One of the most important steps in planning for, and making, safety a reality on the worksite is knowing where people are going to be working while high hazard activities are taking place. So far in the 2015 construction season, there have been several types of dangerous conditions taking place repeatedly. We must stop these behavior patterns before a life-threatening injury takes place. One of those dangerous behaviors is allowing non-essential personnel in fall zones.
Today we will talk about the necessity to keep the fall zone clear when we lift materials with a crane. The OSHA Crane Standard Subpart CC defines a fall zone as:
“Fall zone means the area (including, but not limited to, the area directly beneath the load) in which it is reasonably foreseeable that partially or completely suspended materials could fall in the event of an accident.”
Suspended loads can fall, and they can seriously injure anyone under, or near, the load in the fall zone. There are times when workers must be in a fall zone area, and OSHA regulations allow for this if they are working on an essential job related to the suspended load. The following standard identifies the essential jobs:
29 CFR 1926.1425(e)(2)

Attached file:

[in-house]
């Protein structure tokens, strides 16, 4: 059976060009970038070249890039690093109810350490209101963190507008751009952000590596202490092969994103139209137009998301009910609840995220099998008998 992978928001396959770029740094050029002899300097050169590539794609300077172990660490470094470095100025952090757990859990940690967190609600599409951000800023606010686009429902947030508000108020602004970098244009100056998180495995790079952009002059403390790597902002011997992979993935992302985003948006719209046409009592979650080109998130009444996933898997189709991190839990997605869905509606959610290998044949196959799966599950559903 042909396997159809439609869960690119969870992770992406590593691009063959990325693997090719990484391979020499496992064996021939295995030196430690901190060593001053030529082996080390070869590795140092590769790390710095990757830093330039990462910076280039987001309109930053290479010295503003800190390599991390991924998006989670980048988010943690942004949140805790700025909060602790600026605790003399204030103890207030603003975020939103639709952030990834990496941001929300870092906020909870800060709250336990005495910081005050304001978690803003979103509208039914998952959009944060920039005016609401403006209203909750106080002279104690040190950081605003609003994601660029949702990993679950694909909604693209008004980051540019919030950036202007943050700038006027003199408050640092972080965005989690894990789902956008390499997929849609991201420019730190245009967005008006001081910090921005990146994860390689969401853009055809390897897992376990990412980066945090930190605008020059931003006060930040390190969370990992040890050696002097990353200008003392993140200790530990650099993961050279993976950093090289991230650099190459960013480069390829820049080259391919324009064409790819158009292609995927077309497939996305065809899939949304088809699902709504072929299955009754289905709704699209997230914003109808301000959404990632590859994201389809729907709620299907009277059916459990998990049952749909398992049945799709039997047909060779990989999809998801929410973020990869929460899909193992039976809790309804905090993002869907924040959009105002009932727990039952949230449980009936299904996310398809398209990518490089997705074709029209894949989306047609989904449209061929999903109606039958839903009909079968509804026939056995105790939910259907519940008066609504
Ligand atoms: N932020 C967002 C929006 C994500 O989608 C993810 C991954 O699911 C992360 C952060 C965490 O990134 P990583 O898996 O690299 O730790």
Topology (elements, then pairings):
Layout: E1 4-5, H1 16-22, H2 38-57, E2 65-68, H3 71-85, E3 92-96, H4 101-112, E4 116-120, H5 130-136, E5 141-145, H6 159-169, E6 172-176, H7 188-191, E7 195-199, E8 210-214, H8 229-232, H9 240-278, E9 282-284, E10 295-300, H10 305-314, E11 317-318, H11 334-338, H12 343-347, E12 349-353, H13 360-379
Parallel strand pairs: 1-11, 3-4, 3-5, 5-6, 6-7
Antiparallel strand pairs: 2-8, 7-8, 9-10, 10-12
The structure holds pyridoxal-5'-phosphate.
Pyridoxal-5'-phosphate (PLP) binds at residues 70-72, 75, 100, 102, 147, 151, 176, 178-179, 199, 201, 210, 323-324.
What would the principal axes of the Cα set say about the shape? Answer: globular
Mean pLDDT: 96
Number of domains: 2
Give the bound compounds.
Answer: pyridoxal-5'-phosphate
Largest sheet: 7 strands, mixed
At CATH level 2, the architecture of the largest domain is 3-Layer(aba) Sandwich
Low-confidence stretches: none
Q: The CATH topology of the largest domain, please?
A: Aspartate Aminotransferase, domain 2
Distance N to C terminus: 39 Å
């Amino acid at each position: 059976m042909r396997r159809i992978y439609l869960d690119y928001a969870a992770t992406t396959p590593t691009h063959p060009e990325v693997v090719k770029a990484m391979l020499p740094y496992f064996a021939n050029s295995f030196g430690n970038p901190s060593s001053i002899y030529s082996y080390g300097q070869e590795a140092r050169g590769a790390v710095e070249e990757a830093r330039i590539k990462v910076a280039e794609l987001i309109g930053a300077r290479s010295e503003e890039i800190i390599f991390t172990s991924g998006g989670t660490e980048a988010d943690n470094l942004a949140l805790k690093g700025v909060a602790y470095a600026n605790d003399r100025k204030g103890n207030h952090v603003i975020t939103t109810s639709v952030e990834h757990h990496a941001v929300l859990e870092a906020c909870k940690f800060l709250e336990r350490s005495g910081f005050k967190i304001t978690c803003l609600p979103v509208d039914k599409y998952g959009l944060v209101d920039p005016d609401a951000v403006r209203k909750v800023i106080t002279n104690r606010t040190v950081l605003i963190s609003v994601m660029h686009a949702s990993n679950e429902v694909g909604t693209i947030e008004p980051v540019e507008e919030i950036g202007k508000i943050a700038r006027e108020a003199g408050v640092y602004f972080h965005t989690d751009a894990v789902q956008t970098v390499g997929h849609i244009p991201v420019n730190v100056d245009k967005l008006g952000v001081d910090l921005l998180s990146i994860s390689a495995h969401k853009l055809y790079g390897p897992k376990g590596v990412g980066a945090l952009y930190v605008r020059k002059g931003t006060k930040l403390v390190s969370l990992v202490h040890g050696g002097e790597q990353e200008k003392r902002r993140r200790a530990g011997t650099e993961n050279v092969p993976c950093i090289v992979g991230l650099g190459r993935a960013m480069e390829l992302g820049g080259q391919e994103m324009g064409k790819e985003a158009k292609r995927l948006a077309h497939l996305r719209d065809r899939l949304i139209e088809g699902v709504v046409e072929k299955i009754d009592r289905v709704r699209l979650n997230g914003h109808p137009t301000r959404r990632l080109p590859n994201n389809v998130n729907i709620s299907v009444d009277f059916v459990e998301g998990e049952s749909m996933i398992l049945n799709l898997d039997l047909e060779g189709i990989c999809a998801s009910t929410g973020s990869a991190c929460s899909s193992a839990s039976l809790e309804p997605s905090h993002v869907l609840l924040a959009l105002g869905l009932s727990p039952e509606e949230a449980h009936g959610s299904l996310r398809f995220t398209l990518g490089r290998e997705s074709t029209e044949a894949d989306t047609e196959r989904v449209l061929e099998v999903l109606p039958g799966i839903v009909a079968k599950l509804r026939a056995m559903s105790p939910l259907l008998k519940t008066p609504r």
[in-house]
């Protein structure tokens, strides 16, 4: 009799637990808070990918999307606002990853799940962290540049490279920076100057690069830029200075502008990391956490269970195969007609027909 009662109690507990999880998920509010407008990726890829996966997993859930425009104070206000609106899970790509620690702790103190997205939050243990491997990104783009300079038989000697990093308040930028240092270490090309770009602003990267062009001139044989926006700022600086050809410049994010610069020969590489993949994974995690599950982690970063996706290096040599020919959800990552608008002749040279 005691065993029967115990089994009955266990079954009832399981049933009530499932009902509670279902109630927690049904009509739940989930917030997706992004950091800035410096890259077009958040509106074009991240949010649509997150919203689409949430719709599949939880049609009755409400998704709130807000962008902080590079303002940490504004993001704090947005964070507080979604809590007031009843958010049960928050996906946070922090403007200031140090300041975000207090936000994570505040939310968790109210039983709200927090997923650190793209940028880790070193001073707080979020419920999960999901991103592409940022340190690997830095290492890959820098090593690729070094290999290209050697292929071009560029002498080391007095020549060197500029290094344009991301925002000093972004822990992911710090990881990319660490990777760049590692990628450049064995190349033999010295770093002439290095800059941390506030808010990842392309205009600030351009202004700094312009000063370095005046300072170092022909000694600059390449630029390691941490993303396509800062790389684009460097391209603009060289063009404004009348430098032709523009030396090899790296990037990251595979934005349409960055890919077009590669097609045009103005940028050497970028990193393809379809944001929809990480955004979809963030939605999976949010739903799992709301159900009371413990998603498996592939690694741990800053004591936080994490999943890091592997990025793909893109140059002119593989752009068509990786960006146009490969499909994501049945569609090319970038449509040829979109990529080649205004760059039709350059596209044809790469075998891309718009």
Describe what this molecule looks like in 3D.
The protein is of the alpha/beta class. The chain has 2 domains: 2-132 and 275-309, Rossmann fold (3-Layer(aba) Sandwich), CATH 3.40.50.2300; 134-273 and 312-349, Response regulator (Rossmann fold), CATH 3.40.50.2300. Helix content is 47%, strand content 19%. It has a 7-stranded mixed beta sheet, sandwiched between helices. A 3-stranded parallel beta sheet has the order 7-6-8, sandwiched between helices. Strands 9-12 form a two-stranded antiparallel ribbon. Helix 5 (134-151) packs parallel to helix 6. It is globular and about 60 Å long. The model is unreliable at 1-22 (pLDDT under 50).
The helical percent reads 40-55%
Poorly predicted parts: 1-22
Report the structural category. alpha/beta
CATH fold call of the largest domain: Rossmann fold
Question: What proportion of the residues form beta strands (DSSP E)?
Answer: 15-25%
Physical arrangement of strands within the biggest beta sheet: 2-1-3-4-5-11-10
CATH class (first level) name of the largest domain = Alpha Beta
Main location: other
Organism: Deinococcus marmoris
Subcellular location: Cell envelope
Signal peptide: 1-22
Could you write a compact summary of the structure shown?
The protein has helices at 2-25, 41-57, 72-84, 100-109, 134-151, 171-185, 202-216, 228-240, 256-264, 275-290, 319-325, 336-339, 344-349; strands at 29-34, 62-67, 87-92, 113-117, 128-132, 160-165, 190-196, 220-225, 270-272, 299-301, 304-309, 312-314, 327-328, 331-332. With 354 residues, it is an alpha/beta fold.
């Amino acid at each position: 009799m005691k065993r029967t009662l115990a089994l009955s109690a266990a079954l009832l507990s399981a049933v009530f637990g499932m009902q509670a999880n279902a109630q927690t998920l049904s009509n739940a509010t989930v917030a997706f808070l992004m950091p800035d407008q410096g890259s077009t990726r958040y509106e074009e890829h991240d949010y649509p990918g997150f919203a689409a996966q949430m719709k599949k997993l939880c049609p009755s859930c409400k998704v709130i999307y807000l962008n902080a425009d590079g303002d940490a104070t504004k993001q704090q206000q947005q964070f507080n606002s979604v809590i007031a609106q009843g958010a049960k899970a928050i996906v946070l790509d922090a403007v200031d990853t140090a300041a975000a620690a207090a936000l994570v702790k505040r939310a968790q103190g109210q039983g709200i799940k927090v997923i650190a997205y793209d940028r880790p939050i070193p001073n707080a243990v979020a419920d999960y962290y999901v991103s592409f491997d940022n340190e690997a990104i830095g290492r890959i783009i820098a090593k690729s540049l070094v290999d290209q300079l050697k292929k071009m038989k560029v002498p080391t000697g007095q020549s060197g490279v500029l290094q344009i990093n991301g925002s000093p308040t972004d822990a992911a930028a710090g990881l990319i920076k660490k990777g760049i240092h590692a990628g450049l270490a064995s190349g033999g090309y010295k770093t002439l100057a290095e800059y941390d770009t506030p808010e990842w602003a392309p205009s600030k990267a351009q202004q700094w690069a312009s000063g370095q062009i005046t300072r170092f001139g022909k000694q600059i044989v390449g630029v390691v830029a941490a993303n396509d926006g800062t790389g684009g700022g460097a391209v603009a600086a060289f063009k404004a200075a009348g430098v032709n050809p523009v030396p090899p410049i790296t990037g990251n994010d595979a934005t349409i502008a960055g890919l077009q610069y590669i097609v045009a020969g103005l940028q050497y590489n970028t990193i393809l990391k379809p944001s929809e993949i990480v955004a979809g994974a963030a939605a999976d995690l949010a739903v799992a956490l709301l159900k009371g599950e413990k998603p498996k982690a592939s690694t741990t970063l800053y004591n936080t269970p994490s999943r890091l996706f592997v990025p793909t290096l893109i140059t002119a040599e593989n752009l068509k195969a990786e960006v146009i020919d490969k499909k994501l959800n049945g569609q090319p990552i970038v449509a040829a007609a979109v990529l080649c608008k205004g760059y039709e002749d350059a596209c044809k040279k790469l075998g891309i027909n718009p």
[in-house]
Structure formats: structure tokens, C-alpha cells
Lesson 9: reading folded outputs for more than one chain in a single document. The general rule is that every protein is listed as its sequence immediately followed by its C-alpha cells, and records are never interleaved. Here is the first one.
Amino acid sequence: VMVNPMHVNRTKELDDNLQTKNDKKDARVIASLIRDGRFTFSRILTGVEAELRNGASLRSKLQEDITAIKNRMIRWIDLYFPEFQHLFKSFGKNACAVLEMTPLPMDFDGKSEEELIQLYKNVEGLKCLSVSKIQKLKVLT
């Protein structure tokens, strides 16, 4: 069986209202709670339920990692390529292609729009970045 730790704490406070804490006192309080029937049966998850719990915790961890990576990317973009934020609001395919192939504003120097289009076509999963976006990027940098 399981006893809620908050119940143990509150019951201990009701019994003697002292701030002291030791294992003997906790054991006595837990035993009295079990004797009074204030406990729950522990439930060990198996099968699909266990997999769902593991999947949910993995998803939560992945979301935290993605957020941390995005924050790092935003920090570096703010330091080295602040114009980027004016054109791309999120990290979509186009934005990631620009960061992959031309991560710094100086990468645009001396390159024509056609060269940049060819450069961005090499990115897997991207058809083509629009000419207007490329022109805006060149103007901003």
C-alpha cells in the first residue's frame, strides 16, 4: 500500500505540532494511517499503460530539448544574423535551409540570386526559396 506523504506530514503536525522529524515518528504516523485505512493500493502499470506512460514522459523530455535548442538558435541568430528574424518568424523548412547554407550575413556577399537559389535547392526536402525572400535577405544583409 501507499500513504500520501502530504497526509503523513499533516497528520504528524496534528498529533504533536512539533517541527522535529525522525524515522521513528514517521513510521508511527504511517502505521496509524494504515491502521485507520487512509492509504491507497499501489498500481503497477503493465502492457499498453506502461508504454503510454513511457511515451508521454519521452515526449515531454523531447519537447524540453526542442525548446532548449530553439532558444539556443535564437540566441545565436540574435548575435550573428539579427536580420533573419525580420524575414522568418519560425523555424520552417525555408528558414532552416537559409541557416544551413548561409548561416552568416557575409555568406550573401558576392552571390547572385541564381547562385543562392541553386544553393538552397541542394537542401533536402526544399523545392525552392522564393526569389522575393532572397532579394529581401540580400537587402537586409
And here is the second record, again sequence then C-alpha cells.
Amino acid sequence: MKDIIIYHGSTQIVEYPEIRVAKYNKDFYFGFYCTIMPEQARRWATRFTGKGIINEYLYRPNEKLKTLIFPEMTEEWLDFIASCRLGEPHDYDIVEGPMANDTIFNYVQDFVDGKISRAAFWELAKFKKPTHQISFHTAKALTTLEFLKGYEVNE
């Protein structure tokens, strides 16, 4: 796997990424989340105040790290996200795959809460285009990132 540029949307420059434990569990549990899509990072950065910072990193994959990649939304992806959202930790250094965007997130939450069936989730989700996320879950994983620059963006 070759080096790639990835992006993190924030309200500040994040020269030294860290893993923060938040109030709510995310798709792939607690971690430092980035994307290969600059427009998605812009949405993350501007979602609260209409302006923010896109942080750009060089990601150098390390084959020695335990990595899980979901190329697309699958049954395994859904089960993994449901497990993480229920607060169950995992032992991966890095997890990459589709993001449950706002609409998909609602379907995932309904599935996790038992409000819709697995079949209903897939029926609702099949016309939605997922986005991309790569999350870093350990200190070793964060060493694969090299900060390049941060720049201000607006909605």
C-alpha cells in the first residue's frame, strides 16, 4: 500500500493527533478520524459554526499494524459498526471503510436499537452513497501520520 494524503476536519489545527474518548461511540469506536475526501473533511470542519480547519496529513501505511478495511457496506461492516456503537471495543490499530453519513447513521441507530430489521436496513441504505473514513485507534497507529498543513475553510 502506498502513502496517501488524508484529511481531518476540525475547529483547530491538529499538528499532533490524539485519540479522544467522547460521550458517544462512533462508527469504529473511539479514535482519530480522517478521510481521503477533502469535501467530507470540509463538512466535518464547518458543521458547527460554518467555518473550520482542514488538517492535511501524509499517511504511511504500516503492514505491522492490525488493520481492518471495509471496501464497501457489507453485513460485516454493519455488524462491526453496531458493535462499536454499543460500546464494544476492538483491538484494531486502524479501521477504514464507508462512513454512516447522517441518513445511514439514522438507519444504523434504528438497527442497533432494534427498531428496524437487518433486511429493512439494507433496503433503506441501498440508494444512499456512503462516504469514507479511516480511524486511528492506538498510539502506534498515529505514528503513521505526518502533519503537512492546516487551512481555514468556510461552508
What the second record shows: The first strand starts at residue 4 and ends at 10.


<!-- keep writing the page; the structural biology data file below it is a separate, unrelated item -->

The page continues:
“Only employees essential to the operation are permitted in the fall zone (but not directly under the load.) An employee is essential to the operation if the employee is conducting one of the following operations and the employer can demonstrate it is infeasible for the employee to perform that operation from outside the fall zone: (1) physically guide the load; (2) closely monitor and give instructions regarding the load’s movement; or (3) either detach it from or initially attach it to another component or structure (such as, but not limited to, making an initial connection or installing bracing.)”
Only workers directly involved with managing or rigging the load should ever be in the fall zone. When workers are in the fall zone, the crane operator must know where they are in relation to where the load is and where it’s going. They should either be in the crane operator’s line of sight or in communication with the crane operator. All other employees should stay out of the fall zone until the crane operator delivers the load.
Plan ahead, and stay out of a fall zone. If the lift or rigging fails, you will have saved lives.